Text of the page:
What is Spina Bifida?

Taken from the National Institute of Neurological Disorders and Stroke web page:

"Spina bifida, which literally means “cleft spine,” is characterized by the incomplete development of the brain, spinal cord, and/or meninges (the protective covering around the brain and spinal cord).   It is the most common neural tube defect in the United States—affecting 1,500 to 2,000 of the more than 4 million babies born in the country each year.

There are four types of spina bifida:   occulta, closed neural tube defects, meningocele, and myelomeningocele.

Occulta is the mildest and most common form in which one or more vertebrae are malformed.  The name “occulta,” which means “hidden,” indicates that the malformation, or opening in the spine, is covered by a layer of skin.  This form of spina bifida rarely causes disability or symptoms. 
Closed neural tube defects make up the second type of spina bifida.  This form consists of a diverse group of spinal defects in which the spinal cord is marked by a malformation of fat, bone, or membranes.  In some patients there are few or no symptoms; in others the malformation causes incomplete paralysis with urinary and bowel dysfunction.
In the third type, meningocele, the meninges protrude from the spinal opening, and the malformation may or may not be covered by a layer of skin.   Some patients with meningocele may have few or no symptoms while others may experience symptoms similar to closed neural tube defects.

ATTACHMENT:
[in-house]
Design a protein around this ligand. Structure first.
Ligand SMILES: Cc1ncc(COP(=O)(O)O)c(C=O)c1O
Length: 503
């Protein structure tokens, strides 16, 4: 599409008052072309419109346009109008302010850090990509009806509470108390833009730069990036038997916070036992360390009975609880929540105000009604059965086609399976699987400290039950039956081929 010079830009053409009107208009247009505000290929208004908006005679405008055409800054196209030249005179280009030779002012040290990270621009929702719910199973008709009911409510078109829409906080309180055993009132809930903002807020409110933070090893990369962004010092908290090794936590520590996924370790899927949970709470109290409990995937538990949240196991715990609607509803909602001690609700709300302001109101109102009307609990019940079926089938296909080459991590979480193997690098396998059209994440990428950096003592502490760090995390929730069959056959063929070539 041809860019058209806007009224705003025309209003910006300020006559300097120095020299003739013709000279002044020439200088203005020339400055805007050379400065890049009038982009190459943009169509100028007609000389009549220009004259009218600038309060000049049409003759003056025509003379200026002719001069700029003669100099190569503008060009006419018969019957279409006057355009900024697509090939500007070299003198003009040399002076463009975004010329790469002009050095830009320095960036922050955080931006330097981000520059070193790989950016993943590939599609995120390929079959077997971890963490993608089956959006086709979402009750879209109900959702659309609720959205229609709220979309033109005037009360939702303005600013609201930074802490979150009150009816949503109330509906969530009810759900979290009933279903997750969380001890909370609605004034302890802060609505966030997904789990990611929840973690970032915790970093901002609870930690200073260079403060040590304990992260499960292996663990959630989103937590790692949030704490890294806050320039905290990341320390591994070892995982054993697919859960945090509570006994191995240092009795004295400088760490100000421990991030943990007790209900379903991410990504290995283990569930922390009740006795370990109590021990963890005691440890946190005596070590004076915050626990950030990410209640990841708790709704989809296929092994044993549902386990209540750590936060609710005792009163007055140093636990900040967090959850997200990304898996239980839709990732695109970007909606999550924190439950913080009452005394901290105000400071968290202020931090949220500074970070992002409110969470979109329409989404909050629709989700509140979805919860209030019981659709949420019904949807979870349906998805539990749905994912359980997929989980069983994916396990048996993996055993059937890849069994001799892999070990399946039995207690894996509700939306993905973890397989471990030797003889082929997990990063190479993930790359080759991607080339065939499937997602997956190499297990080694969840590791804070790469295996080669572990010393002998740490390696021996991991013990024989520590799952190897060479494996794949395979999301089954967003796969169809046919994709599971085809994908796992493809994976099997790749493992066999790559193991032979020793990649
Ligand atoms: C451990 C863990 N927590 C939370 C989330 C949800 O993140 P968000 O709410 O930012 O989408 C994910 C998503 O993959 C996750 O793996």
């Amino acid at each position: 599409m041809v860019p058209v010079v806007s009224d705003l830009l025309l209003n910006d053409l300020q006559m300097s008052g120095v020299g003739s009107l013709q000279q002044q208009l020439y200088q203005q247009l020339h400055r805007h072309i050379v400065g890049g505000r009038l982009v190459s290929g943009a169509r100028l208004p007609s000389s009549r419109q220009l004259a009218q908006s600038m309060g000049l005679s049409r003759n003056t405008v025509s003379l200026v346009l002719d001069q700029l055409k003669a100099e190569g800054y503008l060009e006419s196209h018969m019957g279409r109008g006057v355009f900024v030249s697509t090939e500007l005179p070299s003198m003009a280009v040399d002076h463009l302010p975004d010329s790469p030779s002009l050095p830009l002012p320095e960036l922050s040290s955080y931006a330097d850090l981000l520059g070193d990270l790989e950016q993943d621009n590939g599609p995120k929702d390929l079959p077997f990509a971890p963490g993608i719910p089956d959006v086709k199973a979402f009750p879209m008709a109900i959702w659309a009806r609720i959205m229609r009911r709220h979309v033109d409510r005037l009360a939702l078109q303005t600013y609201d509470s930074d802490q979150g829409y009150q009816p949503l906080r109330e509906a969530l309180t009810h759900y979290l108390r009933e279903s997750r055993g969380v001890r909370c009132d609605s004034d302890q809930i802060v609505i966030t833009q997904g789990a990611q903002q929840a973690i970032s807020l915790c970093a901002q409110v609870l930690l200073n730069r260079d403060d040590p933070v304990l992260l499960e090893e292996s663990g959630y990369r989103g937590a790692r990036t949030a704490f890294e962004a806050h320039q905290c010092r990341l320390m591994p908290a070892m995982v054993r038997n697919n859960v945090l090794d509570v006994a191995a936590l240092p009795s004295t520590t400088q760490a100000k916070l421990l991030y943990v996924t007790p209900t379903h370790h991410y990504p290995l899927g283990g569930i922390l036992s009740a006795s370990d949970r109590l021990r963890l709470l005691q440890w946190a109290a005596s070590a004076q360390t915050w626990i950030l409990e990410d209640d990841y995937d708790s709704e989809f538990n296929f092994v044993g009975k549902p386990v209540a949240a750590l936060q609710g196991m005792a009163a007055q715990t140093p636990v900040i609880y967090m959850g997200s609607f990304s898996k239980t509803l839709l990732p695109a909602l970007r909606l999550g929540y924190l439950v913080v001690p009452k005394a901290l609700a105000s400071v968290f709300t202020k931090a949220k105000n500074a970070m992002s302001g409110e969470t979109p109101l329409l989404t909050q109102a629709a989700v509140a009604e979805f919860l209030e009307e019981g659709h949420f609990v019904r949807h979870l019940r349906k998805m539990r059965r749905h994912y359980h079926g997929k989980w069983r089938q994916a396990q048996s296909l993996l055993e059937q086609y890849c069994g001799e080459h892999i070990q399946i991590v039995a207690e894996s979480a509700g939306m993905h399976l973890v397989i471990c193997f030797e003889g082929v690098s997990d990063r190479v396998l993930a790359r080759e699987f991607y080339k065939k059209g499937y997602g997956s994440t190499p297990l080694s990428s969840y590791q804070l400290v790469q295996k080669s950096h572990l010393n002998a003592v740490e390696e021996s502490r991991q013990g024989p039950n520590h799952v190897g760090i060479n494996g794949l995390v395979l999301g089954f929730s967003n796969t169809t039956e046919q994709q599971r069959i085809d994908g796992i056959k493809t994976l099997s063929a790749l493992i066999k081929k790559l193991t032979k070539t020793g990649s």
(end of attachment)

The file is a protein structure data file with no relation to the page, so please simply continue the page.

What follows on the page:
Myelomeningocele, the fourth form, is the most severe and occurs when the spinal cord is exposed through the opening in the spine, resulting in partial or complete paralysis of the parts of the body below the spinal opening.    The paralysis may be so severe that the affected individual is unable to walk and may have urinary and bowel dysfunction. 
The exact cause of spina bifida remains a mystery.   No one knows what disrupts complete closure of the neural tube, causing a malformation to develop.  Scientists suspect genetic, nutritional, and environmental factors play a role.  Research studies indicate that insufficient intake of folic acid—a common B vitamin—in the mother’s diet is a key factor in causing spina bifida and other neural tube defects.   Prenatal vitamins that are prescribed for the pregnant mother typically contain folic acid as well as other vitamins."